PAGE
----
Those of us in rural and regional areas who depend on the ABC obviously would have preferred the ABC receive more funding. Nonetheless, we are in a difficult budgetary climate. We are facing one of the worst droughts in the last 100 years across much of Australia. Having seen Australia participate in a righteous war in Iraq, we are looking at the needs of our defence forces over the next 10 years and the requirement to properly resource our young defence personnel. This budget, in a difficult situation, maintains funding in real terms for the ABC and a whole host of other programs. The Treasurer has done very well; this budget balances our security needs with the need to go forward and the need to maintain programs.

There has been debate recently about editorial accountability in the ABC, but we should focus on financial accountability as well. I would like to deal with the latter first. In the recent Senate estimates hearings, one of the senators went fairly close to the heart of the problem. I will deal firstly with where I think financial accountability could be improved. Recently, in response to a question Senator Santoro elicited that there was a $25 million shortfall of which, I understand, $20 million was due to digital conversion and some technical shortcomings—factors that could have been better managed.

If financial accountability were much tighter—and this is not a criticism of the board or the new CEO of the ABC—there would be a great deal more sympathy with funding requests. I will give a small example from my own area. Radio National recently sent a Brisbane based reporter to do a reef based story in Mackay about jellyfish or crown-of-thorns starfish. The journalist was flown up for a couple of days, leading to accommodation costs and, obviously, the cost of the flight. Many of our local journalists in the ABC are very capable people and I am sure that several could have undertaken the role. When this journalist arrived back in Brisbane, Radio National decided that the editing could not be done there—and, while I know Brisbane is a bit of an outpost, I think they have pretty good capability to do editing—so the journalist was flown to Sydney.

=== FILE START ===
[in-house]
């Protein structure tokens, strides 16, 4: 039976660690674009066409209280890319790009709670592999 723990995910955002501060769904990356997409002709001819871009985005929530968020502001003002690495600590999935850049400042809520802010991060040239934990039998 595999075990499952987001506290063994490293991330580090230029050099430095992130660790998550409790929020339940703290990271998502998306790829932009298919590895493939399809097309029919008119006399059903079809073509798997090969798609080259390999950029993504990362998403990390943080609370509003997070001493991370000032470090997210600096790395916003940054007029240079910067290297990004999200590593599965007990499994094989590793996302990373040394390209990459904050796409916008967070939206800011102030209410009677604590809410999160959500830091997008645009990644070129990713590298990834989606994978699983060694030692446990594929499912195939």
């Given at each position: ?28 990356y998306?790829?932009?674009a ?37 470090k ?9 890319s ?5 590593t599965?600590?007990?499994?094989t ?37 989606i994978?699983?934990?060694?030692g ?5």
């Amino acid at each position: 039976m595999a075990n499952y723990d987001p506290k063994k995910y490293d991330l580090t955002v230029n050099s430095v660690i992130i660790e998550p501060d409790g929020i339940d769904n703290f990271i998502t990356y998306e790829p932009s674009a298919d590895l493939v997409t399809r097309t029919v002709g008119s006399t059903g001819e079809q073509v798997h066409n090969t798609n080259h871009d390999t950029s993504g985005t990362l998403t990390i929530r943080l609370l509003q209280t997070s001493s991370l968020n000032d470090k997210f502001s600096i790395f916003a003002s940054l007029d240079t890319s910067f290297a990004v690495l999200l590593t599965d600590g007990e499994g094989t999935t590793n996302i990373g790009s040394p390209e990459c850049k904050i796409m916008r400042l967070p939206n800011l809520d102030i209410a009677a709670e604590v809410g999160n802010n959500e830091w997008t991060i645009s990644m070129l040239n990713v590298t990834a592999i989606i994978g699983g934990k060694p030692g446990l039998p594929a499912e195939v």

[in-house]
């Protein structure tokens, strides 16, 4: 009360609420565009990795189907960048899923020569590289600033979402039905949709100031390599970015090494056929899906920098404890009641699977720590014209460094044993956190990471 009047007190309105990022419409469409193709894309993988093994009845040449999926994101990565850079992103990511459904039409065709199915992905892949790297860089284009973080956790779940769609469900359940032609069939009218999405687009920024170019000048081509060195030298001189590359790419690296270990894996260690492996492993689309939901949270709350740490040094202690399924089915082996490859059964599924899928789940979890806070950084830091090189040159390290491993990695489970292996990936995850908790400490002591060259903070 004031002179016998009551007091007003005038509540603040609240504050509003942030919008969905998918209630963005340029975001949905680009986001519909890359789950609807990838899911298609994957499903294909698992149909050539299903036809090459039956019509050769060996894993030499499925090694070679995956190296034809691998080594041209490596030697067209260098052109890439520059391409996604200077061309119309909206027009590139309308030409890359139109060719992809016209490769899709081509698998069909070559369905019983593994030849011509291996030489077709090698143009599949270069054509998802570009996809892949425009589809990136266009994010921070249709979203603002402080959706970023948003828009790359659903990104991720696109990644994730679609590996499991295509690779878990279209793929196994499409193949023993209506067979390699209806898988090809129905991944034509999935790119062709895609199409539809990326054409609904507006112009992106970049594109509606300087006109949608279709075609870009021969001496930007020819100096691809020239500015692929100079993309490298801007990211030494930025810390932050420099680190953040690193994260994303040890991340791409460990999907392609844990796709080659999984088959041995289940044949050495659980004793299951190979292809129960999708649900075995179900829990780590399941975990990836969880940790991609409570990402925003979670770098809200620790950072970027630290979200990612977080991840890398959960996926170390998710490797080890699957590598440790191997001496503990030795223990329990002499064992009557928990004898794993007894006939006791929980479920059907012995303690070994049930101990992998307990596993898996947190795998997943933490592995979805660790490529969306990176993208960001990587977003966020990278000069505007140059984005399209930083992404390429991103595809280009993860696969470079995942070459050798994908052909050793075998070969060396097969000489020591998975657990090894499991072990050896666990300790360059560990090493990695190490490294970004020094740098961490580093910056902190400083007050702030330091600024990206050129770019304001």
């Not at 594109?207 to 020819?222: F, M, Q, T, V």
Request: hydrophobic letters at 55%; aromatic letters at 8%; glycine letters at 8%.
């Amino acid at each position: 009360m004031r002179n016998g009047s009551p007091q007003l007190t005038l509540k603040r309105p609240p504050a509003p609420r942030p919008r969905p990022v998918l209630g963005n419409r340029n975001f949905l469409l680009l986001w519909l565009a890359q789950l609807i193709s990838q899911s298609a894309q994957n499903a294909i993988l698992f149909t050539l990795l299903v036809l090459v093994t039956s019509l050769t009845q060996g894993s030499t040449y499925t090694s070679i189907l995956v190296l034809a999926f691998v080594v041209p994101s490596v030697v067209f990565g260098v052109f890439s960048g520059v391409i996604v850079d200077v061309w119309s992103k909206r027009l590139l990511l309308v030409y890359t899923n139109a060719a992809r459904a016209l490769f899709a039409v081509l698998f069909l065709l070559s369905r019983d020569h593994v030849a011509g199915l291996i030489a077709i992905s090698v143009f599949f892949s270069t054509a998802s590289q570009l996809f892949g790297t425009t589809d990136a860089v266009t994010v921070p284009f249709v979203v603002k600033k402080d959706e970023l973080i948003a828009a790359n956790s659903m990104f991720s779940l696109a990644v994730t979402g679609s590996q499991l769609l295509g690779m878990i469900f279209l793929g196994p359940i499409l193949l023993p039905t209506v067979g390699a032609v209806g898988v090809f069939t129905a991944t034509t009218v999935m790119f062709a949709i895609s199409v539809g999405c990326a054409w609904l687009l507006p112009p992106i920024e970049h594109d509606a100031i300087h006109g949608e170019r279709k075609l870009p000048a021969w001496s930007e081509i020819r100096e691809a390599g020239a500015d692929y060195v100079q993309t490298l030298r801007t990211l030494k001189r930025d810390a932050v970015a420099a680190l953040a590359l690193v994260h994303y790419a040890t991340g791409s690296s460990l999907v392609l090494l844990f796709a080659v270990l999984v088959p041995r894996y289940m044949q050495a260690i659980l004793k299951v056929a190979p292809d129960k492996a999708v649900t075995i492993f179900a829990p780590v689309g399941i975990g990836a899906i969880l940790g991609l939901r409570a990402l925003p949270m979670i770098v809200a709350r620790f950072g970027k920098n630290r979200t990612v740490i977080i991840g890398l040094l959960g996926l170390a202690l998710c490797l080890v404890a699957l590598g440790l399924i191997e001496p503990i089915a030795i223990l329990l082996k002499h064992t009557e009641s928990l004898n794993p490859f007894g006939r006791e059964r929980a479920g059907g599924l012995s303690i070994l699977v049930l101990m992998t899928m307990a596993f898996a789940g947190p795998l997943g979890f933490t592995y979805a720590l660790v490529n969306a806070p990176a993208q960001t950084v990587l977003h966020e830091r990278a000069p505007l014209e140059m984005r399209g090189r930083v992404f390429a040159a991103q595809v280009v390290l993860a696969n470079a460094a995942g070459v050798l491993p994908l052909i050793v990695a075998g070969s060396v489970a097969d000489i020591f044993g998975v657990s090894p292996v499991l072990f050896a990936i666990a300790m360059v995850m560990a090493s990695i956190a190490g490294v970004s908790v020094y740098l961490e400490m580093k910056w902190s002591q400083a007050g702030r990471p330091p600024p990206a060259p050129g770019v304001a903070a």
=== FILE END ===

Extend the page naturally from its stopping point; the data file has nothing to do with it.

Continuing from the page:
It is only a small example, and it may just be one of those things that occur. I do not wish to be sanctimonious about it or pretend that every level of government—even my own electorate office—could not be more efficient in administrative matters. But I think it is symptomatic of the fact that there needs to be a sharper look at accountability. Channel 7 and Channel 9, for instance, have two overseas bureaus and fly journalists in and out as required. The ABC has 15 bureaus—in Amman, Auckland, Bangkok, Beijing, Brussels, Jakarta, Jerusalem, Johannesburg, London, Moscow, New Delhi, New York, Port Moresby, Tokyo and Washington. That is a considerable number of bureaus and it may well be that they are all necessary. On the other hand, it may be necessary to look at the way in which the existing funding is allocated and at whether some of it could not be used to better effect.

I would like to make a few points about the financial situation at the ABC. While there is concern over funding and the fact that funding is only being maintained, I would be very disappointed—as I have mentioned—if resources were diverted from rural and regional services to what appear to be extraordinarily well resourced studios in Sydney and Melbourne. I realise that this is a decision to be made by the ABC. I would certainly have liked to have seen additional funding. That has not been possible, although the funding is being maintained. There are areas of the ABC that could be looked at a bit more closely. I hope we do not see what normally happens in statutory organisations which are dissatisfied with their funding arrangements; I hope they do not decide to take funding from some of the most vulnerable parts of the organisation, which happen to be rural and regional services.